With her works in resin, Whiteread is both more subtle and more giving. A series of double-sided casts of doors, called after the time period in which the original wooden doors were made, circa 1610 (1), circa 1760 (II), circa 1858 (l) and circa 1860 (II) have been made by taking impressions of both sides and then pouring the resin in between to make a solid slab, slightly coloured blue, green and amber. Leaning them against the wall deprives them of the sense of partition, a gateway between spaces. Making them transluscent on the other hand gives them a feeling of possibility and openness, while the imprint of cross bars and locks attests to their human origin. As studies in the conflicting resonance of sculpture they are quite captivating.
As indeed are a series of collages consisting of silver leaf, cardboard, celluloid and graphite stuck on geometrically lined paper, each containing differently coloured celluloid at the centre: blue, violet, green, yellow and amber. In a way they hark back to Whiteread’s original student projects made of broken pipes, squashed cans and Sellotape. Materials and mundane objects have always fascinated her. But the compositions here are much more studied, using flattened boxes to give depth as well as shape to the material, a sense of the used object made abstract.
Least successful are the small mundane objects with the most self-conscious titles. Some are abject objects (1) and (II) are ordinary times, food cans, a piece of bone, an iron ring, given significance by being silver-leafed and placed in contradiction to each other. It’s a form of sculptural doodling magnified through coating that has become something of a cliché. It’s a century since Duchamp set it all in motion and it has surely run its course.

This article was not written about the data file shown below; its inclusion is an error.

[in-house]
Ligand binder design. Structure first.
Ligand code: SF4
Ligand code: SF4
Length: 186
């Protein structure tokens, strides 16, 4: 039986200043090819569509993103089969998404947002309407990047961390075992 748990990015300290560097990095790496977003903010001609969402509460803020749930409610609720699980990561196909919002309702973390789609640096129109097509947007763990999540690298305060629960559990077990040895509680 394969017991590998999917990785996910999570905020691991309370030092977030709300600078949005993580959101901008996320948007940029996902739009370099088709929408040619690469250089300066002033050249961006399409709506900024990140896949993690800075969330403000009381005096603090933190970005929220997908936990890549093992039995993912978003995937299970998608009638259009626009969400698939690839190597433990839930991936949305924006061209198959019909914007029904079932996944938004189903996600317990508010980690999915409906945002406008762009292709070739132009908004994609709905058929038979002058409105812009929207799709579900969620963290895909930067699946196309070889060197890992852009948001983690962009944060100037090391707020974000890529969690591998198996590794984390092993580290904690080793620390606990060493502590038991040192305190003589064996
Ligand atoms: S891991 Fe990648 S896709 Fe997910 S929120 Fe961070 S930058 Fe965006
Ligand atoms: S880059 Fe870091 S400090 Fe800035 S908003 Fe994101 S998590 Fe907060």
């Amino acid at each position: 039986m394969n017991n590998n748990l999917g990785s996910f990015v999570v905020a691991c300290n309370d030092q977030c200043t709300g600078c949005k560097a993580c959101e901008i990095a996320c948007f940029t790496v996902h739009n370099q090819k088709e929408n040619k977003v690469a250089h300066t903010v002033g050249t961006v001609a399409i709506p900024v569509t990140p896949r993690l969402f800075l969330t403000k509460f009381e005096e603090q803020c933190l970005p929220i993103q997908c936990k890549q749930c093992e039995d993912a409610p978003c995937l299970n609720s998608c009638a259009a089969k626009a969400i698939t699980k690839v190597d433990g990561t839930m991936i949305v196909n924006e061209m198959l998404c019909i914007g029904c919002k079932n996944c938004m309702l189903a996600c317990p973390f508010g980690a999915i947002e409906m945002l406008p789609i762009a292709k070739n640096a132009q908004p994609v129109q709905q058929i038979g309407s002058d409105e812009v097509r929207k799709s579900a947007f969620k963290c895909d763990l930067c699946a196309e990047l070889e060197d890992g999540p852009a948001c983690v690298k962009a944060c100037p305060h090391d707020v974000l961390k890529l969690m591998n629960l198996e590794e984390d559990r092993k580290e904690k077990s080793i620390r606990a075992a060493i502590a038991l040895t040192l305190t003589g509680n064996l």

Not that Whiteread would apologise for this. Of all artists, she is the least interested in making personal statements or novelty. Indeed she is quite open about the constancy of her formal concerns. “Since my career started,” she told The Independent at the time of her Tate exhibition of drawings in 2010, “I’ve basically done the same thing over and over again. I mean that in a positive way. I think that’s what good art is – the same process and research but refining your strategy.” If that is the case, then the works on display at the Gagosian suggest a growing interest in light and in texture as a means of exploring the complexities of art.
Melancholic and introspective are the adjectives often used of her work. That is obviously true in the sense that, if you invert the relationship between space and solid matter, you surround the object with a space that emphasises its solitariness. But, unlike Giacometti who used space as a comment on humanity, it doesn’t seem to me that Whitehead is much concerned with mood or atmosphere. Her real interests are with form and the possibilities of art itself.
It has made her into a formidable sculptor, one of Britain’s best, but not an emotional one. “Detached” could be a title applied to the artist as much as her sheds.
Rachel Whiteread: Detached, Gagosian Gallery, London WC1 (020 7841 9960, gagosian.com) to 25 May